Meet Windermere Town Council candidate Elizabeth "Liz" Andert

Read our exclusive Q&A with Windermere Town Council candidate Elizabeth "Liz" Andert.

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  • | 8:30 p.m. March 9, 2019
Liz Andert.
Liz Andert.
  • Southwest Orange
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  • Name: Elizabeth (Liz) Vestal Andert
  • Age: 44
  • Education: MBA Marketing and Strategic Management, University of Minnesota Curtis L. Carlson School of Management; BSB Finance and Marketing, University of Minnesota Curtis L. Carlson School of Management 
  • Occupation: (current) career consultant and philanthropist; (recent) retail boutique owner/entrepreneur; (career) marketing, communications and government affairs at a higher education nonprofit

What inspired or motivated you to run for town council?

My family moved here with an unexpected work transfer, and we are grateful every day. As I’ve become involved in local events, community groups and charities, neighbors have encouraged me to bring my energies and accountability to benefit our town. If there is a place and a purpose for me, I would be honored to give back to Windermere. I respect the wisdom and passion of our long-time neighbors and the ideas and hopes of our new arrivals. Together we can preserve our home’s unique character, and through dedication to communication between the Town, residents and surrounding communities we will.

If elected, what would be your top three priorities for the town?

The issues that matter to the town—traffic, safety (including police and administration facilities), and character—will continue to be most important to preserving our unique quality of our community. How well we perform will depend on the resources we direct at them. This election is about voting for those resources in the candidates who will combine their time and talents to do the work. I am asking for the investment of your trust in providing me this opportunity. I will return your trust with my commitment to studying every side of our issues and listening to every voice.

Why should town residents vote for you?

The best part of running for Council is learning who gives their time to our town—serving on committees, advocating for our resources, caring for our neighbors, or speaking up for your vision. Thank you; your continued commitment to Windermere is why we all enjoy the charms of living here. I want opinion and dissension and to learn from your knowledge. My actions will always be mindful of who I am serving. The communications plan I hope to establish, the ideas I research and share—and reshape as I hear you—will all be done with this perspective of service.

What do you feel is the best way for the town to handle its ongoing cut-through traffic issues?

Consultants concluded that barriers on our interior streets will primarily burden our residents with inconvenience and safety issues. Some disagree and want to at least try. I prioritize safety, but we’ll put in a lot of groundwork before seeing any reliever route, so near-term remedies should include testing increased police visibility or one-way traffic direction. Tests must survey our residents to see for whom the solutions are or are not working, so all voices are heard. Long-term, I’d work toward a rotary at Windermere and Maguire roads, and I favor keeping our dirt roads—a natural deterrent to interior cut-through.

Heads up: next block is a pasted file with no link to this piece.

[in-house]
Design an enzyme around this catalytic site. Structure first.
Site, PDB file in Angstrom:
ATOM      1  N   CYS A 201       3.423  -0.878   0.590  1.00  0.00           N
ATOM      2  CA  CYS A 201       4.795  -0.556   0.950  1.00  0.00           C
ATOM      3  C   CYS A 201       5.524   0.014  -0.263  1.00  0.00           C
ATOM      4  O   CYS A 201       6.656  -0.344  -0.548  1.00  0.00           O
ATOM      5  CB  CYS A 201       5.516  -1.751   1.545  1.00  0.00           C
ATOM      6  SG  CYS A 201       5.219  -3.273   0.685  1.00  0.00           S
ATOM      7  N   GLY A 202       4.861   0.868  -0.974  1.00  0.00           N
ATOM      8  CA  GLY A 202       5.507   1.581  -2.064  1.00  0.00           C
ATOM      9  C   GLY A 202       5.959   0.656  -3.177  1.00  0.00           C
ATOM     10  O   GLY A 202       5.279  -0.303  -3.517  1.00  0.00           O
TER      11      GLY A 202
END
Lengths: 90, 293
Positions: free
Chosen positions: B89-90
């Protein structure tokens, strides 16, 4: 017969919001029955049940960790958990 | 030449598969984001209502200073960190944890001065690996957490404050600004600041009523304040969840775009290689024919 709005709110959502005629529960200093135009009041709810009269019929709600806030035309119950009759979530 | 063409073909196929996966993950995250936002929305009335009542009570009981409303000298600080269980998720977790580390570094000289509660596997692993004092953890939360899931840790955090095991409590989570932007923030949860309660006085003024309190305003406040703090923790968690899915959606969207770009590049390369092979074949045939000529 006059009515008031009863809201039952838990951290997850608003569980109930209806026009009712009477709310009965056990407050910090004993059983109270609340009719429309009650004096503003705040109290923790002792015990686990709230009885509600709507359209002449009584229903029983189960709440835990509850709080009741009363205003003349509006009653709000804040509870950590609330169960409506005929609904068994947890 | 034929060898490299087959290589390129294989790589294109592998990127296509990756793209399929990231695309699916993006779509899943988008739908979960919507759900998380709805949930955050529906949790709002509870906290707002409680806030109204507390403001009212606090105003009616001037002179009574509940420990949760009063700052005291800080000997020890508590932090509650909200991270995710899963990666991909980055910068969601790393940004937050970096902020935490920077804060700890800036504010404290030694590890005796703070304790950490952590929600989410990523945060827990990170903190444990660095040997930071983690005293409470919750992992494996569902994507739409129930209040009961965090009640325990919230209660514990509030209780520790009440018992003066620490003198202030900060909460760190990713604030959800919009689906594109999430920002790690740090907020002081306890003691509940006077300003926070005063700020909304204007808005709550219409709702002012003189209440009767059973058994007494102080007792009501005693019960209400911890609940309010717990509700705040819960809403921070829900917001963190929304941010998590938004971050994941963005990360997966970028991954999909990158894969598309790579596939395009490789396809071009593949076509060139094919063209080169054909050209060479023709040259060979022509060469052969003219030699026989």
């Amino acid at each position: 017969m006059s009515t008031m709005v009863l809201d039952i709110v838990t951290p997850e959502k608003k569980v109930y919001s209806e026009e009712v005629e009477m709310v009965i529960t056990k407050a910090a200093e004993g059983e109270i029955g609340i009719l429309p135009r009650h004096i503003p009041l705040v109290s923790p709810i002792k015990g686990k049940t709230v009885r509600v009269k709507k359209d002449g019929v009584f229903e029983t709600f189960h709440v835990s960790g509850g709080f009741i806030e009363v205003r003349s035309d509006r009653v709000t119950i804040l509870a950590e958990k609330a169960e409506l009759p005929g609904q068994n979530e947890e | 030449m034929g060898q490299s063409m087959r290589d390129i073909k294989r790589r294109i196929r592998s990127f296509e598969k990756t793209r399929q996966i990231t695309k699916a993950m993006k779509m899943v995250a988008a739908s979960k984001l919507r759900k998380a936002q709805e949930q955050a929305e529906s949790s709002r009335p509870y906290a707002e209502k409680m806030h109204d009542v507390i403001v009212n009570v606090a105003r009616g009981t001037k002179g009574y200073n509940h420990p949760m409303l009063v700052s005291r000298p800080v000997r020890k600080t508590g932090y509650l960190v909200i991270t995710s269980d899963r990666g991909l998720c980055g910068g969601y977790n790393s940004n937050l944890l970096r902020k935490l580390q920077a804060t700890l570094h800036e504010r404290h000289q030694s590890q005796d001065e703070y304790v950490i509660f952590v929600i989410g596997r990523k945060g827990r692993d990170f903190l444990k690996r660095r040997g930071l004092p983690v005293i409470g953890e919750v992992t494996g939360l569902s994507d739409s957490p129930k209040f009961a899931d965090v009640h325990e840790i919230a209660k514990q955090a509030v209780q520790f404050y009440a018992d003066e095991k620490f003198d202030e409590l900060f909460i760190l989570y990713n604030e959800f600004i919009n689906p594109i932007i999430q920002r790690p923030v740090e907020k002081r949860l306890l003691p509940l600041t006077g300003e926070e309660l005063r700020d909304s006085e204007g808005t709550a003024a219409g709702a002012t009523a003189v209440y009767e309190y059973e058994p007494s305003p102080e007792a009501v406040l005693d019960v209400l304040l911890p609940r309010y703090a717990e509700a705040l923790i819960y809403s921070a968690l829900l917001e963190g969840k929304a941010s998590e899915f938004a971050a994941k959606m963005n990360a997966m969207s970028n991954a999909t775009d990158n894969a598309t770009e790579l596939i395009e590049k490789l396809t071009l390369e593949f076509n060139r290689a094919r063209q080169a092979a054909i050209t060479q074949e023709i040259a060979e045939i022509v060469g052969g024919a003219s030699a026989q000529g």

Where do you stand regarding the town’s initiative to provide safer, modern facilities for the town’s administration personnel and police officers?

Workshops, discussions and facilities tours with those on all sides have shown me that the current structures—built mainly with materials of little preservation value—are not acceptable or safe for our service providers and for our residents. Moving police operations out of Town borders in weather emergencies because of these buildings’ compromised safety is unacceptable. The facilities are also the sole obstacle to achieving accreditation for our police force. (Learn about why this matters: The plan won’t raise taxes, the debt service will be manageable and closely monitored, and the original buildings can be honored through a historic memorial.

Some believe the town needs better protections for its trees. What specific changes, if any, would you like to see in the town regarding environmental protections?

Thank you to our dedicated Windermere Tree Board for your forever efforts in teaching why, and how, we should protect our trees. There is an effort planned to rewrite the tree ordinance, (which was passed in 2014), so that it more closely mirrors common terms and policy, and I support including within this revision stronger mitigation requirements for any development that has an impact on our trees. Further, I’d like to see that anyone granted authority to permit tree removal or other tree-impacting activity be educated on the tree trdinance and any appropriate materials as recommended by a certified arborist and in conjunction with the tree board.

How would you improve communication between the town administration and residents?

Accurate, accessible, consistent messaging is key to trust and success for our town. Some measures to include in a plan, to which I will volunteer my time and talents:

  • Communicating with residents where they prefer to receive and share news;
  • Auditing and improving the organization and content of the town website;
  • Trying new approaches like online surveys to receive input from those who cannot or do not attend town meetings and workshops;
  • Designing town communications processes that ensure the same message is received by all residents;
  • and establishing communications channels with neighboring communities to share news important to our region


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